- Black/Yellow and Black/White – these go from the Pazon Ignition Module down to the Ignition Trigger that sits behind the points cover.
Another of the most common upgrades or modifications for a classic british bike is to add a combined regulator/rectifier unit.
Our Commandos use a blue can capacitor, zener diode (which can be found mounted on the back of the z-plate) and rectifier unit.
A combined regulator/rectifier replaces all of these components with one package.
The most common manufacturer of these is Podtronics and Thomas has gone for the three phase version.
There are five wires to connect:
- Three Yellows – these are the AC input and pick up on the three wires that come from the alternator stator. The connection can be any way round, as this is the AC side of the circuit, so polarity is not important.
- The Red – this is the Positive output and will join to the positive battery terminal via it’s own dedicated fuse.
- The Black – this is the Negative output which goes to the battery negative terminal.
3 Phase Alternator
Thomas has fitted a 3 phase Lucas alternator – a great choice for superior charging in modern traffic conditions – typically you’ll see a positive charge at around 1,000rpm compared to the equivalent single phase alternator that will only swing to positive between 2,000 and 3,000rpm.
Charge Warning Light
A worthwhile upgrade that is worth it’s weight in gold is adding a Charge Warning Light in lieu of the standard warning light assimilator. This is another component whose wiring must be altered for a negative earth bike.
The nice thing about the Improving Classic Motorcycles unit is that you can retain the original warning light – so it looks totally factory.
It gives you a lot more useful information about the state of the battery and charging system compared to the standard assimilator unit, which looks for AC output from the alternator stator only.
Thomas has fitted twin horns on his bike – a great safety addition.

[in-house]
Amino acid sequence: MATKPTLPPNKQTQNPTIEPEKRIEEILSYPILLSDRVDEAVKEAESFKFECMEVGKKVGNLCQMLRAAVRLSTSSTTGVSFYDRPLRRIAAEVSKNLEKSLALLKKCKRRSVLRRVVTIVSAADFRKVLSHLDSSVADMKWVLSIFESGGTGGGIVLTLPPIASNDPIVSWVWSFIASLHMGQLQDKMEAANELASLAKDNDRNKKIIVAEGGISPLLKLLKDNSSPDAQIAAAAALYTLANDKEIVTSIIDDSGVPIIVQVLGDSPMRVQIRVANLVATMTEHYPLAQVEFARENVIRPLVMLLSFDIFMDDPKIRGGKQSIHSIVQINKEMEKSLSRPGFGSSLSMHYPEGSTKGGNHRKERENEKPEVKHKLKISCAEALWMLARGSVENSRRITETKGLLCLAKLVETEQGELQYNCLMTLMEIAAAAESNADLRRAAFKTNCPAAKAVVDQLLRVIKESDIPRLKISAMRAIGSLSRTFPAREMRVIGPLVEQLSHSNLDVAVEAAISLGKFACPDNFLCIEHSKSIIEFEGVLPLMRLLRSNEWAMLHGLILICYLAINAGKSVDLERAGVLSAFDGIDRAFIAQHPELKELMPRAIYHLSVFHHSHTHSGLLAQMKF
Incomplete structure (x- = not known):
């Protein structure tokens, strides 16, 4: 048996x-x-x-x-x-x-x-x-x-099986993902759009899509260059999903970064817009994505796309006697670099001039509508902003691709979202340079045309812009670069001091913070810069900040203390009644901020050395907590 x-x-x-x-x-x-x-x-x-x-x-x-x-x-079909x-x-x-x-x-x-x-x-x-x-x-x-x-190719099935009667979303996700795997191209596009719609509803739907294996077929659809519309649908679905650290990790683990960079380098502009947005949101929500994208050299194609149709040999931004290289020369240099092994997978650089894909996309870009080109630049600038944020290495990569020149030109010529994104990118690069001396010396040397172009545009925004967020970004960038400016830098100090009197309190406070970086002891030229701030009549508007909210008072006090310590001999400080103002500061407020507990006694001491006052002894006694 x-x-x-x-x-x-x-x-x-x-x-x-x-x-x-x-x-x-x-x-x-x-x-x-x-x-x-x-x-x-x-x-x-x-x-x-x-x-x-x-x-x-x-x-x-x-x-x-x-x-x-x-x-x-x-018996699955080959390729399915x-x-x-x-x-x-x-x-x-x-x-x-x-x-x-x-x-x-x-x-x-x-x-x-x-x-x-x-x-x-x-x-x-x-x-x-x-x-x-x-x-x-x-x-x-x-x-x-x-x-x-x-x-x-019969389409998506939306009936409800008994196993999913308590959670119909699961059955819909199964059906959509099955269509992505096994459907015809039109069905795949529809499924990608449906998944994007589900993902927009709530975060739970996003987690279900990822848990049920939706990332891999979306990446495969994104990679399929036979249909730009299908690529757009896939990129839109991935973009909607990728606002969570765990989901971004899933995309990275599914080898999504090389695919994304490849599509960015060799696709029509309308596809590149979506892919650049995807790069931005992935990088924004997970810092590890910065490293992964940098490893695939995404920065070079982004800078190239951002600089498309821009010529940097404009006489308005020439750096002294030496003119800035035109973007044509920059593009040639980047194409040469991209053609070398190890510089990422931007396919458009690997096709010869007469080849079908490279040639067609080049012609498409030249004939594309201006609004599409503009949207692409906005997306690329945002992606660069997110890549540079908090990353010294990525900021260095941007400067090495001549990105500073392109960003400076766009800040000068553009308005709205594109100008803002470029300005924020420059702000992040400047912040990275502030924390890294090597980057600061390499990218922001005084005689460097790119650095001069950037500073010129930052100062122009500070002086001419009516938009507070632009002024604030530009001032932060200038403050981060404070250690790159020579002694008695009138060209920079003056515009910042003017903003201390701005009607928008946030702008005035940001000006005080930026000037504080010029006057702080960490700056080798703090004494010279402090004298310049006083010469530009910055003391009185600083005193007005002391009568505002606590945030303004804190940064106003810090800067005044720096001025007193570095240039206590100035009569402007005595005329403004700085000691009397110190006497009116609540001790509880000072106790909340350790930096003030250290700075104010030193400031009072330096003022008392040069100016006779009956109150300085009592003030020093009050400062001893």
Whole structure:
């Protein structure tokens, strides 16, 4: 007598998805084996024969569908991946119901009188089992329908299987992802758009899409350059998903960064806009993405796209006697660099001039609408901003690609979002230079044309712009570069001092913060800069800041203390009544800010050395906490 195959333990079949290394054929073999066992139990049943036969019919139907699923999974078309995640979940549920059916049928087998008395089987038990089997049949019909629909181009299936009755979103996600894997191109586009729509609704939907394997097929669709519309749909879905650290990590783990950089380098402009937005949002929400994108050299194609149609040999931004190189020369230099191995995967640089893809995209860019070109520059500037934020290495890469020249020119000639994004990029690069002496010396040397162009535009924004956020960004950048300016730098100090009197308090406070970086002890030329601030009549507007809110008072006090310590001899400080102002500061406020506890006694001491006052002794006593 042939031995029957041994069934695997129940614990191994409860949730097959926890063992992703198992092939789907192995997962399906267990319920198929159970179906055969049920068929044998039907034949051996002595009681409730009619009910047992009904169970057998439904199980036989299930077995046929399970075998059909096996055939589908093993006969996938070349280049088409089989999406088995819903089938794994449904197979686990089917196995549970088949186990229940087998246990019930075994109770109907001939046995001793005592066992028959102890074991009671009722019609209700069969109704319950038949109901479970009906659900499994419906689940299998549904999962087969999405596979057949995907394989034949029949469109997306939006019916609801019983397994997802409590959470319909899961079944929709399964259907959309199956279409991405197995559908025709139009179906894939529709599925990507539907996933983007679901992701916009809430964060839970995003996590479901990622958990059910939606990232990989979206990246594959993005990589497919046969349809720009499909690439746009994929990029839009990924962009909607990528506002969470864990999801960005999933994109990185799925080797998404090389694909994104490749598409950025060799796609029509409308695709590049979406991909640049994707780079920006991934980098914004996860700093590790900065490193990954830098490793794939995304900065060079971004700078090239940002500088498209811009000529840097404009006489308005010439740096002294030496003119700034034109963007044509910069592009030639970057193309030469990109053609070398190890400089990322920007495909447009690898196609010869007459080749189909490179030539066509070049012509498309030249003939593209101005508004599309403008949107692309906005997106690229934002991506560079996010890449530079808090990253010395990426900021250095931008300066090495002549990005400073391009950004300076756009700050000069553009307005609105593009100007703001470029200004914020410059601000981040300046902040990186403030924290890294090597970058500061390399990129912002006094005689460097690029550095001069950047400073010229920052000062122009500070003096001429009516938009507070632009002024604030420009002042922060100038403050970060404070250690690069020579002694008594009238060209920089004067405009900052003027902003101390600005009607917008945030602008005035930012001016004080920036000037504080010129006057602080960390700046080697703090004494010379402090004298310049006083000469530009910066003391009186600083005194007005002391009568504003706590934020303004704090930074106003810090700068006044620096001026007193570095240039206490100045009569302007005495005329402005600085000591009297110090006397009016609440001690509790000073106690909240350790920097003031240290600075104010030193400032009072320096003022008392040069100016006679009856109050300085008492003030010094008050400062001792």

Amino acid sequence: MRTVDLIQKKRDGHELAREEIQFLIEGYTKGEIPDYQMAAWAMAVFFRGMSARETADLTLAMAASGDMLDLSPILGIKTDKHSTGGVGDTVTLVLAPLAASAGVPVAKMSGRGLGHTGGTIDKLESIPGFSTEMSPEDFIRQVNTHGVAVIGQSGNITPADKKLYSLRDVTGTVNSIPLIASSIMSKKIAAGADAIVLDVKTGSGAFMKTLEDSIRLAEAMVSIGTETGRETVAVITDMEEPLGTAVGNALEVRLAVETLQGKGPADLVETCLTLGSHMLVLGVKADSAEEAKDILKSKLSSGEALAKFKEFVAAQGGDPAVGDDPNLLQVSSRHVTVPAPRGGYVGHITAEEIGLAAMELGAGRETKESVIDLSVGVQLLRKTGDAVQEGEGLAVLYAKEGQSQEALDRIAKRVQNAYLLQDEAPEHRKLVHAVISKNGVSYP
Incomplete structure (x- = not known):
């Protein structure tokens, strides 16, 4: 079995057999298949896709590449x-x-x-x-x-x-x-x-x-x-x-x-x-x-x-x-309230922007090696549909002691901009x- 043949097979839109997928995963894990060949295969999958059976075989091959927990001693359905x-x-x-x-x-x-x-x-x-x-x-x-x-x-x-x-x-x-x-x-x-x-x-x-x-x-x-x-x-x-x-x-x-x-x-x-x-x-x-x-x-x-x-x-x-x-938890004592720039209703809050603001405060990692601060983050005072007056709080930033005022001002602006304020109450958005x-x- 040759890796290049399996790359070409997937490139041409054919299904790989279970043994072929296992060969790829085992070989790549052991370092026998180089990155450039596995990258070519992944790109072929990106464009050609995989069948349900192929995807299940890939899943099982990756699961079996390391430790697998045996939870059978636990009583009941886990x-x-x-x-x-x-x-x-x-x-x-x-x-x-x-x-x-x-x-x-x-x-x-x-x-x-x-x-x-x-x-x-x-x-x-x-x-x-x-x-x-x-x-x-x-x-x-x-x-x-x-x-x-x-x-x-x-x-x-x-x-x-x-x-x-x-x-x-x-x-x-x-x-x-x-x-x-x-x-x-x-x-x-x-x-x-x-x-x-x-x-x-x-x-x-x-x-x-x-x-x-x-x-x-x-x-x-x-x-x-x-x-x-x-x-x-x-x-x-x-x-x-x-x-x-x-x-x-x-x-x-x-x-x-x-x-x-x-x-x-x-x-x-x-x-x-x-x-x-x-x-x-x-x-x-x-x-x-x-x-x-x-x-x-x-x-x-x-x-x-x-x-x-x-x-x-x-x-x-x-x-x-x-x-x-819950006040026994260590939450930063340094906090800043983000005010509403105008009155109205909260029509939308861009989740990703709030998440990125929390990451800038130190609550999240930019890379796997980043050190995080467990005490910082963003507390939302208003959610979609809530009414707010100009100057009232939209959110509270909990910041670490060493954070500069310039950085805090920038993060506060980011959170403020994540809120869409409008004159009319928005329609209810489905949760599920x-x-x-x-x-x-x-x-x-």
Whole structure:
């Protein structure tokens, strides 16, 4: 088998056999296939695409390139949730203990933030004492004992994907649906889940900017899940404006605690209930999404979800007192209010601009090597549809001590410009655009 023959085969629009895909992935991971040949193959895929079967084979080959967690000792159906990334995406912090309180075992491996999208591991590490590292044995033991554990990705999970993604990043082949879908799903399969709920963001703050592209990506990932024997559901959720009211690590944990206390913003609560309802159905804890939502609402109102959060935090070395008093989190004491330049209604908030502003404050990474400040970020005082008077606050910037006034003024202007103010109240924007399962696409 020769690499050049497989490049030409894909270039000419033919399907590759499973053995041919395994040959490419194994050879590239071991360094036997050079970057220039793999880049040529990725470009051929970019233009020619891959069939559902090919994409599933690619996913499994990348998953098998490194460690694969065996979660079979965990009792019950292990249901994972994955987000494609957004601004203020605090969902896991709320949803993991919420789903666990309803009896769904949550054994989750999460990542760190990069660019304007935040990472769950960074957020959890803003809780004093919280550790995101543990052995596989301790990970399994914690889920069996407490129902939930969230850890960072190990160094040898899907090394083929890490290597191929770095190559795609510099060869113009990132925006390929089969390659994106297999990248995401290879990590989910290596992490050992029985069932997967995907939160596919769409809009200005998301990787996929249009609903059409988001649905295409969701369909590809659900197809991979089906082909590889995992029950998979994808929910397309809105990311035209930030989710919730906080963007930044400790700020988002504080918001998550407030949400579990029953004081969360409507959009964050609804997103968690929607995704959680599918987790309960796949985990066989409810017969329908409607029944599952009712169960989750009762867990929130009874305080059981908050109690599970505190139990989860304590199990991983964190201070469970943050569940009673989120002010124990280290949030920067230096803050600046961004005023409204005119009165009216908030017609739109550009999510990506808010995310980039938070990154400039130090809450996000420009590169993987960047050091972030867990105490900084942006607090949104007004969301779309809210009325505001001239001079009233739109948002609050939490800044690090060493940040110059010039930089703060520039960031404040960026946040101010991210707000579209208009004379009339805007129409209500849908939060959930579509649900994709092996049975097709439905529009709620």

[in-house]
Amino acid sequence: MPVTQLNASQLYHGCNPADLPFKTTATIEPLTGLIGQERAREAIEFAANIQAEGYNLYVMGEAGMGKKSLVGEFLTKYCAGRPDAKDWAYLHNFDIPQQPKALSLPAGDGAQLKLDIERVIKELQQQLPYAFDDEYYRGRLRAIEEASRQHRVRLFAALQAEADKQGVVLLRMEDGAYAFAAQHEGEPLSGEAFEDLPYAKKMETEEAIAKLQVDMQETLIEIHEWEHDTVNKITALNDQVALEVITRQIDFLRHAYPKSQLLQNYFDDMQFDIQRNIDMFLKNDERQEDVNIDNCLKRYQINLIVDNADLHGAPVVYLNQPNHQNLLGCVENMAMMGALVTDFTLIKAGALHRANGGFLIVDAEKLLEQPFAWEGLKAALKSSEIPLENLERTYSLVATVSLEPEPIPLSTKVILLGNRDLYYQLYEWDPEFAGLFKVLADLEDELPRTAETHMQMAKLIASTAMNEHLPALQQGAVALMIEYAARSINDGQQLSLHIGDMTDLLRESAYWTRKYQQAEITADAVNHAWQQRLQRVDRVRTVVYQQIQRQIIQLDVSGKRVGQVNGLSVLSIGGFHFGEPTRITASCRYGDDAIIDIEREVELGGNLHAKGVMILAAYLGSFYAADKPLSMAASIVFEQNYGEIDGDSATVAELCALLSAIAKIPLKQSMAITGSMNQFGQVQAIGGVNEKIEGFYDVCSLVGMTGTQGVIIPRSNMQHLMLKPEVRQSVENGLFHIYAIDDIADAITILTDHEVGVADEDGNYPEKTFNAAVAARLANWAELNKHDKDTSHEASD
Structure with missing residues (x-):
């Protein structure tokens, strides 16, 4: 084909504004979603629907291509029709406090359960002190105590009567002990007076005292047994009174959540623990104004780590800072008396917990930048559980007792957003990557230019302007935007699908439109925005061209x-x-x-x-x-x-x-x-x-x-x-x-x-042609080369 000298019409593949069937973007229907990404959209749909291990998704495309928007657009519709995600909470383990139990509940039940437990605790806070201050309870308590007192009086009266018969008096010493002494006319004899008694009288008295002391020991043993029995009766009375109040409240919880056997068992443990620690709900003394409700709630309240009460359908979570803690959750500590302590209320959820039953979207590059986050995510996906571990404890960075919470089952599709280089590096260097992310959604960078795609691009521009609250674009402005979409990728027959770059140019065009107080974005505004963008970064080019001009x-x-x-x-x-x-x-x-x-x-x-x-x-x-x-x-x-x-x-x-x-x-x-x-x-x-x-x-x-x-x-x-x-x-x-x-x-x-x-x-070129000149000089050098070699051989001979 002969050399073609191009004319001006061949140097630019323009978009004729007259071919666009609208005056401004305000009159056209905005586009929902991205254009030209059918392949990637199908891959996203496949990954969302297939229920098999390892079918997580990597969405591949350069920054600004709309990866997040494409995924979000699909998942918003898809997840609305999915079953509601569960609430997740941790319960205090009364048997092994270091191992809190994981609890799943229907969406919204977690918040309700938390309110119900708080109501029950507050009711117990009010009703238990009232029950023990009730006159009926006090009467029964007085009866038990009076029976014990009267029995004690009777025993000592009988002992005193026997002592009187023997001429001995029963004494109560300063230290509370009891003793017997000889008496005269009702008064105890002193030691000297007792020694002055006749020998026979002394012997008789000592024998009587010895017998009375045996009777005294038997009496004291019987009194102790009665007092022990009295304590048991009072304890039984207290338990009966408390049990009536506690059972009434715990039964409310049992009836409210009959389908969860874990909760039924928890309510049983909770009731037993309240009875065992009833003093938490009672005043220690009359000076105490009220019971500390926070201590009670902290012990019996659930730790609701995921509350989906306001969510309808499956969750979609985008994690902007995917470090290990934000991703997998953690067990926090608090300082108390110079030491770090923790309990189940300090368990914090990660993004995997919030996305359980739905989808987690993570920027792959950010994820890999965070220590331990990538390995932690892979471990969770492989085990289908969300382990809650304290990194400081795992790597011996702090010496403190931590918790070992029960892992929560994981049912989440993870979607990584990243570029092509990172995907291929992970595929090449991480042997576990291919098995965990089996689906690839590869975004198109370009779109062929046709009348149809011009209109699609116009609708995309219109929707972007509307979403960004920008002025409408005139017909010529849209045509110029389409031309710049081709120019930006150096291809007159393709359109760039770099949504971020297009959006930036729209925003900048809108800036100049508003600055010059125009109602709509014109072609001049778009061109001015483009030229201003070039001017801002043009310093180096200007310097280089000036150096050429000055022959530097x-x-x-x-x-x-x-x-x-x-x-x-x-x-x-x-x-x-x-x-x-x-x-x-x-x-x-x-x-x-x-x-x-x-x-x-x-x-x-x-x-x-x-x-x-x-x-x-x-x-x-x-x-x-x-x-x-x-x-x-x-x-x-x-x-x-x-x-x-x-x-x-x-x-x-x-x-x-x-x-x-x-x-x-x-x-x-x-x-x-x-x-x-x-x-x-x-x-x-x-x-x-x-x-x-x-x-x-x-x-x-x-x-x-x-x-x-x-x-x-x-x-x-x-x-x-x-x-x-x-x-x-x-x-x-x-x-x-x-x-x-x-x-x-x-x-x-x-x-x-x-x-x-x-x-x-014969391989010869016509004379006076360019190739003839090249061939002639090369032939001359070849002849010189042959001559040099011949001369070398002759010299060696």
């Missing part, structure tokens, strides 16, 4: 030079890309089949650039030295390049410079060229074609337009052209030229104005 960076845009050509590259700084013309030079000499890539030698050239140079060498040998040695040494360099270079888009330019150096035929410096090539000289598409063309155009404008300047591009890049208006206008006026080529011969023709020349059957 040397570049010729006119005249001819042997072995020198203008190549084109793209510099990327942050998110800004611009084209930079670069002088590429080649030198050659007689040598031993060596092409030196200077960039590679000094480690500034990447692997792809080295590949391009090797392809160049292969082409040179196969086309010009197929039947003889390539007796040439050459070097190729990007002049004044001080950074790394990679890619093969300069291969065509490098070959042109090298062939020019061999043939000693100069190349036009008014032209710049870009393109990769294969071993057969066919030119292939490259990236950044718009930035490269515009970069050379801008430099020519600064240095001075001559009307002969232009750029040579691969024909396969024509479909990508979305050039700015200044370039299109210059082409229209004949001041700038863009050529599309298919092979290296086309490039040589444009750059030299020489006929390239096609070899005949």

In order to lighten the load going through the handlebar switchgear, the twin horns operate via a relay and their own dedicated fuse back at the battery.
Thomas has removed the Power Socket, to tidy things up on the bike.
He has also removed the Lucas flasher unit in favour of an upgraded, solid state version. This has it’s own dedicated wire for the turn signal warning light, so Thomas has run a new NY (brown/yellow) cable up to the warning light in the headlamp bucket.
Here is the wiring diagram for Thomas’s negative earth bike.
Custom Norton Commando Wiring Diagram – Thomas Maurer PNG 3066×1841
This is available as a PDF too – it can be downloaded here.
When you swap a bike to negative earth that was originally positive earth, all the factory standard red wires on the bike become the negative return to the battery.
This can become quite confusing – especially for other people that are not familiar with this actual bike.
One of the things I like to do is add a reminder under the seat and the tank – these stickers are available from places like ebay and are a great addition in my opinion.
The other thing I like to do is sleeve the red wires wherever possible with black heat shrink tubing, so that the red wire are permanently coloured black and match the world accepted standard of being negative.
So with that thought in mind, here is an alternative version of the same wiring diagram for Thomas’s bike – on this one, I have coloured the red wires in black to make it easier to understand.
Alternative Custom Norton Commando Wiring Diagram – Thomas Maurer PNG 3066×1841
This is available as a PDF too – it can be downloaded here.